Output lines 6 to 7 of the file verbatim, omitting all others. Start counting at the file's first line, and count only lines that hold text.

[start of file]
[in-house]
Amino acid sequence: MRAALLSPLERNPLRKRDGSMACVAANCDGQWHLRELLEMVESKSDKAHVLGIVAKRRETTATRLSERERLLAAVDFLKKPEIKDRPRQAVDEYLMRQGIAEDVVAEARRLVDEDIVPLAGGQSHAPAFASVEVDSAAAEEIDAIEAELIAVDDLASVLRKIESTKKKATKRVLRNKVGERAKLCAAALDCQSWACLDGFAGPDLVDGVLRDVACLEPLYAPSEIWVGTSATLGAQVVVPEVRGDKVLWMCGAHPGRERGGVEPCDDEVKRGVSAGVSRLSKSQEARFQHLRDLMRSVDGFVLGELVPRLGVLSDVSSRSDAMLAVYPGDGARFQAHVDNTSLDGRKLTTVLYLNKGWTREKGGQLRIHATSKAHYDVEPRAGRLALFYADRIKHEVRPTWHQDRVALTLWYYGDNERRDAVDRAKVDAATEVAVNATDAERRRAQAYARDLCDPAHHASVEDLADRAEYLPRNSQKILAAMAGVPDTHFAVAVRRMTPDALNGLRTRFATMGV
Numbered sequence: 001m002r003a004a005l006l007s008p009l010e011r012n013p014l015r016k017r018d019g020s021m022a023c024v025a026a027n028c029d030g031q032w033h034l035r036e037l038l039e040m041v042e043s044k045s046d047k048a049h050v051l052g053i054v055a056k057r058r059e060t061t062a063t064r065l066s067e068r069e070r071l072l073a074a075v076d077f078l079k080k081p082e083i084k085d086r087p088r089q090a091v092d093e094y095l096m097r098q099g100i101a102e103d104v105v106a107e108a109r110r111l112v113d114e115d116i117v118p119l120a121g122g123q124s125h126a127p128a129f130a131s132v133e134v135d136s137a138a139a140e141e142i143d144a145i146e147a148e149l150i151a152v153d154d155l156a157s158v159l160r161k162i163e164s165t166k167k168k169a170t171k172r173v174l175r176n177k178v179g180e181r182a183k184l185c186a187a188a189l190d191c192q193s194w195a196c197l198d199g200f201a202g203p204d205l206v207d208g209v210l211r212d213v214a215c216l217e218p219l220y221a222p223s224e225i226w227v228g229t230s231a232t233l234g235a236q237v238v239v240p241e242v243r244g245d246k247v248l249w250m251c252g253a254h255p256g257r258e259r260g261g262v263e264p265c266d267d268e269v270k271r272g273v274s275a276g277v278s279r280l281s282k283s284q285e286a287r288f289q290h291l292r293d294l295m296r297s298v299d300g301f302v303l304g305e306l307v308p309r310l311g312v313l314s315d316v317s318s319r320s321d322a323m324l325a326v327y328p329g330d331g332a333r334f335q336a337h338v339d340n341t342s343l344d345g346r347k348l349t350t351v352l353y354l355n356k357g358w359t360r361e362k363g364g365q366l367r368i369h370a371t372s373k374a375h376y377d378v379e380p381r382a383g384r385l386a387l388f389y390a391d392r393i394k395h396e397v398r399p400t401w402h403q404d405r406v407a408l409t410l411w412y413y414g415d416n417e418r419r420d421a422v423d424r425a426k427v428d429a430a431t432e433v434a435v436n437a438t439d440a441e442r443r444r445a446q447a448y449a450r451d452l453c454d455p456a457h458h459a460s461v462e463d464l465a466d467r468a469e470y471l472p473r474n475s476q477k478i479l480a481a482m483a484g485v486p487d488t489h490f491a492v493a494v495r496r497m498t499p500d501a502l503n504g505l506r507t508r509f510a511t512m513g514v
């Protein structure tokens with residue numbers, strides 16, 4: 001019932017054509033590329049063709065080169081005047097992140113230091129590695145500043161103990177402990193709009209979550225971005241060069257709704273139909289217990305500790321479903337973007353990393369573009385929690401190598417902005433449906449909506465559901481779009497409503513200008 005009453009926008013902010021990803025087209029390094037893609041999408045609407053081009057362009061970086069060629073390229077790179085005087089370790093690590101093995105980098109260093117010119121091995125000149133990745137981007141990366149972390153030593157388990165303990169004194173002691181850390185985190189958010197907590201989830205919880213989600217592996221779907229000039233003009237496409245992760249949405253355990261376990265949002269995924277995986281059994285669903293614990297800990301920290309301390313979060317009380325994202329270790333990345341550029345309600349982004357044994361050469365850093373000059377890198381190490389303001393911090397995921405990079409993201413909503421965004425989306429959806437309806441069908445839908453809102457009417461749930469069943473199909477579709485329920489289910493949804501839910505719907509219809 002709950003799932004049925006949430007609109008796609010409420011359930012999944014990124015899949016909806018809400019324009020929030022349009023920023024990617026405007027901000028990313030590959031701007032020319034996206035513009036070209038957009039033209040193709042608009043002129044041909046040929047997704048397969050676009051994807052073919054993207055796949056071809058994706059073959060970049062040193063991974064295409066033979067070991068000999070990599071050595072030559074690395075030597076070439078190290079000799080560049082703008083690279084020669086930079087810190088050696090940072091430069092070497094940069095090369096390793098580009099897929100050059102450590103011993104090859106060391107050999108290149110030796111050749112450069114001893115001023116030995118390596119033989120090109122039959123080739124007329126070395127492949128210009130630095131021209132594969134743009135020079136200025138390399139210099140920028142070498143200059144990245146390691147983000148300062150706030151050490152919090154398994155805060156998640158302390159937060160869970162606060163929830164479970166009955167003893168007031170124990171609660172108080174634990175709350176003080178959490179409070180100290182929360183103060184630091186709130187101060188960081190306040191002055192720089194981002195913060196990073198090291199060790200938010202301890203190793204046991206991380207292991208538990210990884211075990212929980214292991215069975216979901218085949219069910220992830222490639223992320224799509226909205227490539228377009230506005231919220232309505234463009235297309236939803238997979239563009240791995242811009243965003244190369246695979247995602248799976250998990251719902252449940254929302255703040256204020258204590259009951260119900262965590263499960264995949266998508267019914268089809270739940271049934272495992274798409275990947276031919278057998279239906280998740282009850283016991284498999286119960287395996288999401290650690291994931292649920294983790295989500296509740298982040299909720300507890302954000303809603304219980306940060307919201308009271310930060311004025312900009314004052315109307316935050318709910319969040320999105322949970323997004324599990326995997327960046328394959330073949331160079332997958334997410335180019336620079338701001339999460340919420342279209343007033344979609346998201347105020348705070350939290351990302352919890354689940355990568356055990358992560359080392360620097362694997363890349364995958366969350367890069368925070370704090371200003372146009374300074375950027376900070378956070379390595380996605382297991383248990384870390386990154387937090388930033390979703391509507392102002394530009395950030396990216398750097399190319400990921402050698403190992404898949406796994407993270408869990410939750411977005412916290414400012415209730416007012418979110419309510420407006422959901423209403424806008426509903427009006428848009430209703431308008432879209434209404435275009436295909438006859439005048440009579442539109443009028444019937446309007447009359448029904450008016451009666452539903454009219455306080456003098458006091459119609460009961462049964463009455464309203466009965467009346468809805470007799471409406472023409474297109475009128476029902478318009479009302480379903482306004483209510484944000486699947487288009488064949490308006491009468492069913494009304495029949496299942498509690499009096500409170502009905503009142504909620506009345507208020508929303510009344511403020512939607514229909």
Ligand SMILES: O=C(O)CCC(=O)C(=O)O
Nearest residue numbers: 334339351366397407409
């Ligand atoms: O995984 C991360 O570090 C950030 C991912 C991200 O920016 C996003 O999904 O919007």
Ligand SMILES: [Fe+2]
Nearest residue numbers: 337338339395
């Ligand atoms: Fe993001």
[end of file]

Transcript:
Nearest residue numbers: 334339351366397407409
């Ligand atoms: O995984 C991360 O570090 C950030 C991912 C991200 O920016 C996003 O999904 O919007």